Post by Dan @ 09:59am 14/10/10 | 30 Comments
As hinted at yesterday, Valve Software have today revealed what famed DOTA developer Icefrog has been working on for them over the past year: DOTA 2, proclaimed as "a massive sequel for one of the most played games in the world".
Dota 2 promises to take the unique blend of online RTS and RPG action that has made Dota popular with tens of millions of gamers and expand upon it in every way.Unfortunately, they've annoyingly left all other details out of the press release to promote an exclusive article at gameinformer, who's site is currently unable to cope with the increased traffic.
Hopefully this is yet another lesson learnt on why exclusivity in online PR material is a stupid idea, but until the smoke clears, you can read the article via google cache.
Here's an excerpt:
Valve's approach to Dota 2 is unusual in that the gameplay itself is remaining almost entirely untouched. "Our first reaction is to assume that [design elements are] there for a reason," project lead Erik Johnson explains. "IceFrog is one of the smartest designers we've ever met. He's made so many good decisions over the years in building the product. He virtually never makes a decision that doesn't have some reasoning behind it and a way to pick apart the logic behind it." This approach means that Dota 2 basically is DotA-Allstars with new technology.Other significant points include AI taking over for dropped players, the cartoony visual style of WarCraft 3 is to be retained and Steamworks integration will be getting even heavier with rewards even for things like posting in forums and providing feedback.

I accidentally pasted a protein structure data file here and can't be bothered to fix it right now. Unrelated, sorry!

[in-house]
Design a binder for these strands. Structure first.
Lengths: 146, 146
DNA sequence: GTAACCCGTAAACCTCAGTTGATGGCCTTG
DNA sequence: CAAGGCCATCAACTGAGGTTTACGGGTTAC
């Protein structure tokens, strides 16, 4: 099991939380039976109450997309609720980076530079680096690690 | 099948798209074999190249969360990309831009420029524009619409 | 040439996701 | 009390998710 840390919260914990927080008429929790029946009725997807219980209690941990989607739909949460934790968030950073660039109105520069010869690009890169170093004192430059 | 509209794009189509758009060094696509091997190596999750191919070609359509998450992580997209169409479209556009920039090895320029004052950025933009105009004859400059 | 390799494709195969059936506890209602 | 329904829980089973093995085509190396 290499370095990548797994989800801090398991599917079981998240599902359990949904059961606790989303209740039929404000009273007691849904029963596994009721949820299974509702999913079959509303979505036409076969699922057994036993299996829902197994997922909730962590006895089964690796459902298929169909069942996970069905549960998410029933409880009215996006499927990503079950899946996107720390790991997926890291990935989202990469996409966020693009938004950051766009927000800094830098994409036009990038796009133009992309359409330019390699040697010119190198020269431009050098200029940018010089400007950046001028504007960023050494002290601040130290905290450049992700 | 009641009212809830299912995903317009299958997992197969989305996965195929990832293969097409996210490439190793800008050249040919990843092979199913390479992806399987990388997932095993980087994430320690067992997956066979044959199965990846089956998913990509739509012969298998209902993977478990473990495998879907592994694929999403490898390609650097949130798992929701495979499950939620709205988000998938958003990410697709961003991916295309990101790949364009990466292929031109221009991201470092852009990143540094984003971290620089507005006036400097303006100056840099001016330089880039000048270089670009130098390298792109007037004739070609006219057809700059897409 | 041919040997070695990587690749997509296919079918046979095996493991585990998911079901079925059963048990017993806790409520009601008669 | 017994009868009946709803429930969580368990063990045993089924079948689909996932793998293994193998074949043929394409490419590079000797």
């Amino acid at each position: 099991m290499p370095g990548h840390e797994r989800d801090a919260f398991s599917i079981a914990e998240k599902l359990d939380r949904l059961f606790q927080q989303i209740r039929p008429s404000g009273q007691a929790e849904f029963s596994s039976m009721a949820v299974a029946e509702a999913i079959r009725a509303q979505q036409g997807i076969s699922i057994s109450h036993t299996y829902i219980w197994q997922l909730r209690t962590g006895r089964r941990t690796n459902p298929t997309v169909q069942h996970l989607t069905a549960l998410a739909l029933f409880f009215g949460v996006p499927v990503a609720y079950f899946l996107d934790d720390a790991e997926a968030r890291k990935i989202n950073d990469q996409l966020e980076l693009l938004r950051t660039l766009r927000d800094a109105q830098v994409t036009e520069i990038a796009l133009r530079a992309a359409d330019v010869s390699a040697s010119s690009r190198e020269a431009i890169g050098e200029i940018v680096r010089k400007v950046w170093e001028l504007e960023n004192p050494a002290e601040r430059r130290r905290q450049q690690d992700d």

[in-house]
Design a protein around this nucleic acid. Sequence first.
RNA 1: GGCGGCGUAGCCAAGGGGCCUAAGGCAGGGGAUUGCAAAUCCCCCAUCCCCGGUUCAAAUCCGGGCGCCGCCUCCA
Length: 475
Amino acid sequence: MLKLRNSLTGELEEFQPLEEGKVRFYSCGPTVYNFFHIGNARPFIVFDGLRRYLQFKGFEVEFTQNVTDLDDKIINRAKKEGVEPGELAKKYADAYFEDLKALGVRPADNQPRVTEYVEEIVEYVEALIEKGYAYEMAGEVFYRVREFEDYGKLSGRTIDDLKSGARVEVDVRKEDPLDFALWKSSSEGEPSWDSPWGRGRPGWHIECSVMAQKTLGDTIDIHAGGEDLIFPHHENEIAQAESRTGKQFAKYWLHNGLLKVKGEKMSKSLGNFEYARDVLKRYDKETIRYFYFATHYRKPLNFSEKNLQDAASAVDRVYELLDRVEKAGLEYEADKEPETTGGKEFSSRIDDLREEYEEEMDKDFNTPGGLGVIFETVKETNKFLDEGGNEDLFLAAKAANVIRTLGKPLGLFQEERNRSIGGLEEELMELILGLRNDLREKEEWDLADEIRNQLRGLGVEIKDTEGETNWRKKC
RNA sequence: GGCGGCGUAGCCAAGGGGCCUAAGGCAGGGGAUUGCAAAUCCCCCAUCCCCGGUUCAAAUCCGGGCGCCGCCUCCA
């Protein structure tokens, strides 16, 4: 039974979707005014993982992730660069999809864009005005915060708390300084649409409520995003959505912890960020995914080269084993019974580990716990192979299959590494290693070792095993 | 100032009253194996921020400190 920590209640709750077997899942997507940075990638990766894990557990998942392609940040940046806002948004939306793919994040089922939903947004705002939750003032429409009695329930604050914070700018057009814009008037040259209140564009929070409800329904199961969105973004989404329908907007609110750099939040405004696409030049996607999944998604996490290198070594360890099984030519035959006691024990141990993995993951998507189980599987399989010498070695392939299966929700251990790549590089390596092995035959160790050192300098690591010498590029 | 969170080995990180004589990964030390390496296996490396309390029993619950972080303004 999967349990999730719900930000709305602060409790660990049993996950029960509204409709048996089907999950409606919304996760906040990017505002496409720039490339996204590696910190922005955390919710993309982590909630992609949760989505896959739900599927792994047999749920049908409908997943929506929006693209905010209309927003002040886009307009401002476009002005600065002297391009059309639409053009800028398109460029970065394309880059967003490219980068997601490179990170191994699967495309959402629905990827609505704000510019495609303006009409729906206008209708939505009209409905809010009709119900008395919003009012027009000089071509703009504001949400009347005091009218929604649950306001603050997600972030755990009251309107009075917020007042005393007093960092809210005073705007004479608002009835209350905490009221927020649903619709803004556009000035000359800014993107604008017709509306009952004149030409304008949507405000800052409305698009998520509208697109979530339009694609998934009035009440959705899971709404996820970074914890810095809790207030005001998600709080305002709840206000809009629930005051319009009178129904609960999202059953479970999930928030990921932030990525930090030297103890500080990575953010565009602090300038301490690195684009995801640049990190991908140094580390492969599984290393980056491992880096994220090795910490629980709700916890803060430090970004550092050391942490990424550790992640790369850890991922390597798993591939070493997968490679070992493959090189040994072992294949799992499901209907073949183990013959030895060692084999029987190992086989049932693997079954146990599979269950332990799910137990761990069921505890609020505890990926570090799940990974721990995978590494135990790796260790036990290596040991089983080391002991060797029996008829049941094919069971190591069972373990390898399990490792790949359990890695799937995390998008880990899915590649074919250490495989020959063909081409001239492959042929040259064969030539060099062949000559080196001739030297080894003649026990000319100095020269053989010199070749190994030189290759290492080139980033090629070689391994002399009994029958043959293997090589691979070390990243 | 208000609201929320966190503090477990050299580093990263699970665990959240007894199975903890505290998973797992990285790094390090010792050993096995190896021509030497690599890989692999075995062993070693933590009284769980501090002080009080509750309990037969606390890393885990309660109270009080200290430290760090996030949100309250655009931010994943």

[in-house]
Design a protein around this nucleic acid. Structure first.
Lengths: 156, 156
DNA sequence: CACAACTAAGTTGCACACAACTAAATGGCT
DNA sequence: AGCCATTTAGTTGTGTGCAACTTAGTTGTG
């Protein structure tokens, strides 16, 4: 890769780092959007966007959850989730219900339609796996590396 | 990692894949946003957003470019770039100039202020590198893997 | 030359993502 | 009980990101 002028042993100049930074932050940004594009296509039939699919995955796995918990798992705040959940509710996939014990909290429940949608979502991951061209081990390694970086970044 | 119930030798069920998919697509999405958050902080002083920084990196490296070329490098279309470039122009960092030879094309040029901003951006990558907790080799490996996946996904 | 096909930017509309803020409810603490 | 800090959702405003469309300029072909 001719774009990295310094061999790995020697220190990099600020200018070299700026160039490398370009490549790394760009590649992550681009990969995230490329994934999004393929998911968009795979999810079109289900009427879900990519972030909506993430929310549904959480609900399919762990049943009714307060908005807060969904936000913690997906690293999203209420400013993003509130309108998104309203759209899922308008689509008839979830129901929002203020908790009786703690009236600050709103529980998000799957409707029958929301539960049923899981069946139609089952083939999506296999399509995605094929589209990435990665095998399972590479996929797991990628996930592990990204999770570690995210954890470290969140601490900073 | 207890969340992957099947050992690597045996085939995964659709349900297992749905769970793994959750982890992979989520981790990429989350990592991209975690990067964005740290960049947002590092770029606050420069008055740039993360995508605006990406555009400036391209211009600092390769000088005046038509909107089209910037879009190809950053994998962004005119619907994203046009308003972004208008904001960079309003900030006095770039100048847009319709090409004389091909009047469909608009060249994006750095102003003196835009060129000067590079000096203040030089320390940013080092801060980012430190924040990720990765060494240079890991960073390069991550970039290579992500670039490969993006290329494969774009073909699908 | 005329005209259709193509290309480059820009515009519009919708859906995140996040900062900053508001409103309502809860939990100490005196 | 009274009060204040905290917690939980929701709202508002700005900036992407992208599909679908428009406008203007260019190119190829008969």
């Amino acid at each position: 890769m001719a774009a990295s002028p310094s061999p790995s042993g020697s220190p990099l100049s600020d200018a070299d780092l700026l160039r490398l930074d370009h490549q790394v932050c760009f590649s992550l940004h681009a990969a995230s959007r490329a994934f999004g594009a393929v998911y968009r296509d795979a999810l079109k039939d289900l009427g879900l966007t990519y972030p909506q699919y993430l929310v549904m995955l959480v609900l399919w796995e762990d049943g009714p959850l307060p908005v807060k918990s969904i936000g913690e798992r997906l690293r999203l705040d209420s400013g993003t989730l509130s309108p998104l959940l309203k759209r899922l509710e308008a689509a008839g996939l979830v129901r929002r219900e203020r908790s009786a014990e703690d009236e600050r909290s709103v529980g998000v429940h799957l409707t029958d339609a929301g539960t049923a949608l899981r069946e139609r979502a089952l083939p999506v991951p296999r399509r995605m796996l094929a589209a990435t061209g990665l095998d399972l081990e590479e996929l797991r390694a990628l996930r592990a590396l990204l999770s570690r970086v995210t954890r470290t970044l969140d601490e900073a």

The article also touches on the hostile nature of communities in the genre and describes how Valve are attempting to address that:
Finally, a coaching system is being deeply integrated into the game. By logging in as a coach, veteran players can do their part to help out newer folks. Valve hasn't entirely decided on the specifics of how newbies and coaches will be matched up, but once they're together a few things happen. The coach sees the pupil's screen, and gets private voice and chat channels to communicate with them. The coach probably won't be able to take control of anything directly (once again, the details are currently under discussion), but information is power in Dota 2 and having a mentor whispering in your ear can make all the difference in the world.A noble pursuit to be sure but we'll have to wait and see whether it will be enough to sooth such a savage beast.
No in-game media have yet been released but the character art indicates that despite being creations of Blizzard's Warcraft 3, many of the game's heroes will retain their general appearance in the sequel - how they've jumped that particular legal hurdle remains a mystery.
DOTA 2 is due on PC and Mac in 2011.